papiere bitte... PAPIERE BITTE!!

Discussion in 'Politics, Religion, Social Issues' started by pseudobrit, Mar 22, 2004.

  1. pseudobrit macrumors 68040

    pseudobrit

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    #1
    link

    This scares me. I've had a police officer ask me my name and birthdate before as I was walking out of my apartment and refused to answer.
    He threatened to arrest me. I asked him "for what" and he said, "not answering me." I told him that wasn't a crime and he said it was. I was getting nowhere with this egotistical ass. He told me he could put me in his cruiser and fingerprint me if he "wanted to be a dick about it."

    I pulled out my ACLU BustCard after he said that and set him straight. Pissed him right off. He wrote me a traffic citation based on my license plates and registration and mailed it to me. *******.

    If the Supremes do not strike this law down we are marching toward a police state faster than we know.
     
  2. bbarnhart macrumors 6502a

    bbarnhart

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    #2
    Did you fight the ticket? My wife got a speeding ticket a while back, but she wasn't speeding (her story anyway). My auto insurance agent said that I have some 'special' privilege with my auto insurance because I've been there so long that I and my wife can get as many tickets as we want without our rates going up.

    So, we just paid the ticket because getting a lawyer and all of that would have got a lot more hassle (and probably money) and our insurance rate supposedly won't go up. Is there an easy way to contest a ticket?
     
  3. pseudobrit thread starter macrumors 68040

    pseudobrit

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    #3
    I fought it; the judge was a rubber stamp. The cop dredged up a "witness" who gave two different stories under cross-examination but the judge made up his mind before anyone spoke and ruled against me. I filed an appeal but the cop tried to say I had committed "borderline witness tampering" and threatened to slap a felony on me (he claimed the witness said I followed him to his car and threatened him with "in addition, I should kick your ass." I know better than to threaten. If I'm gonna kick your ass, you won't know 'til you're on the ground, 'cause I ain't tipping you off!).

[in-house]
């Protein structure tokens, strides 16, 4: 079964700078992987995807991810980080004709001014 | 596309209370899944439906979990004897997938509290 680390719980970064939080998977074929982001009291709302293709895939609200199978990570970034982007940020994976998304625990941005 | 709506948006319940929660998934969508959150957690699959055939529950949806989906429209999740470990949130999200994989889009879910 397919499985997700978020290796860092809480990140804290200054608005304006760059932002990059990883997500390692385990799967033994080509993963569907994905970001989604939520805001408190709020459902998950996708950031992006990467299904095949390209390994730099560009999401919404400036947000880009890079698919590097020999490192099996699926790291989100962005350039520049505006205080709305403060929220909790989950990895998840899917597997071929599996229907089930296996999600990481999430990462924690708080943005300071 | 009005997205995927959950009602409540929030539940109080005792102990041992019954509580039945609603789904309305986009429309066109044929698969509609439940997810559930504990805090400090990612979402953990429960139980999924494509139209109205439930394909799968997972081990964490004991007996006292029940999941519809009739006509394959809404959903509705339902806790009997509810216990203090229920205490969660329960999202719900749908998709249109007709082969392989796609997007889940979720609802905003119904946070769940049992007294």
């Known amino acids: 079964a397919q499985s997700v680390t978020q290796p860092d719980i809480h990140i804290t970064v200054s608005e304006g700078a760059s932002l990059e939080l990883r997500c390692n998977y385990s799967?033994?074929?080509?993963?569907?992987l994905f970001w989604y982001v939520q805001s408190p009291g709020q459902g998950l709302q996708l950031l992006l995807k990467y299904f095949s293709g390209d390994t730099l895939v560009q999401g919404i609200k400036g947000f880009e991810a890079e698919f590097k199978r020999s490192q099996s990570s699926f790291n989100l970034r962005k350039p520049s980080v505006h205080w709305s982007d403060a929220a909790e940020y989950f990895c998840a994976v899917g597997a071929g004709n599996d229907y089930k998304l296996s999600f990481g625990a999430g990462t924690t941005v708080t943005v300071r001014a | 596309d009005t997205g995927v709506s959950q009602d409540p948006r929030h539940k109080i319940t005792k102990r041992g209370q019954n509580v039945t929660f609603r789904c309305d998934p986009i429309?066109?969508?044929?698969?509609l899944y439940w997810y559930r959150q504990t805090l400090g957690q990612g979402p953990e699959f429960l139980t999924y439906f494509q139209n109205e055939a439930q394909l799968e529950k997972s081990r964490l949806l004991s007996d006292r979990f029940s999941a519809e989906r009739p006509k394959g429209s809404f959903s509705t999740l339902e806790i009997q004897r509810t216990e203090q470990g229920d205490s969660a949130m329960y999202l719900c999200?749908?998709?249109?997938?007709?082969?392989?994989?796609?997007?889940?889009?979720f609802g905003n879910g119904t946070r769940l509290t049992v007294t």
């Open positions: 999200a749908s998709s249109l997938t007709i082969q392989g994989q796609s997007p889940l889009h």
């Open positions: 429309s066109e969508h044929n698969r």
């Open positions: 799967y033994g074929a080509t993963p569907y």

So I decided that the gutless pig was going to win. He had the resources to **** with me all day long. Sick bastard. He probably had to go home and masturbate with glass after what it did for his ego.
     
  4. Taft macrumors 65816

    Taft

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    #4

    That sucks. What was the officer doing outside of your apartment? Was he there for some other business or person, or was he targetting you? And if he wasn't there for you, why would he need to know your name?

    Weird.

    Taft
     
  5. takao macrumors 68040

    takao

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    #5
    here if you are older than 17 you have to carry a official id-card (driving licencse,pasport,personal-id etc.) with yourself everytime you're outside of your house,flat garden etc.
    if you don't have one with you...you get a ticket of 30$(i guess .. don't know exactly) and police will check if your name you said the officer was right...

    and if you refuse to answer (who you are) you have to follow him to police station where they will check you're ID

    whats the problem with that ? sounds pretty normal to me... perhaps it is because i trust our police that they are doing their job (which they are doing great btw.)

    PS:when i read the topic i was like :"hm i wonder what this htread is about *click"
     
  6. IJ Reilly macrumors P6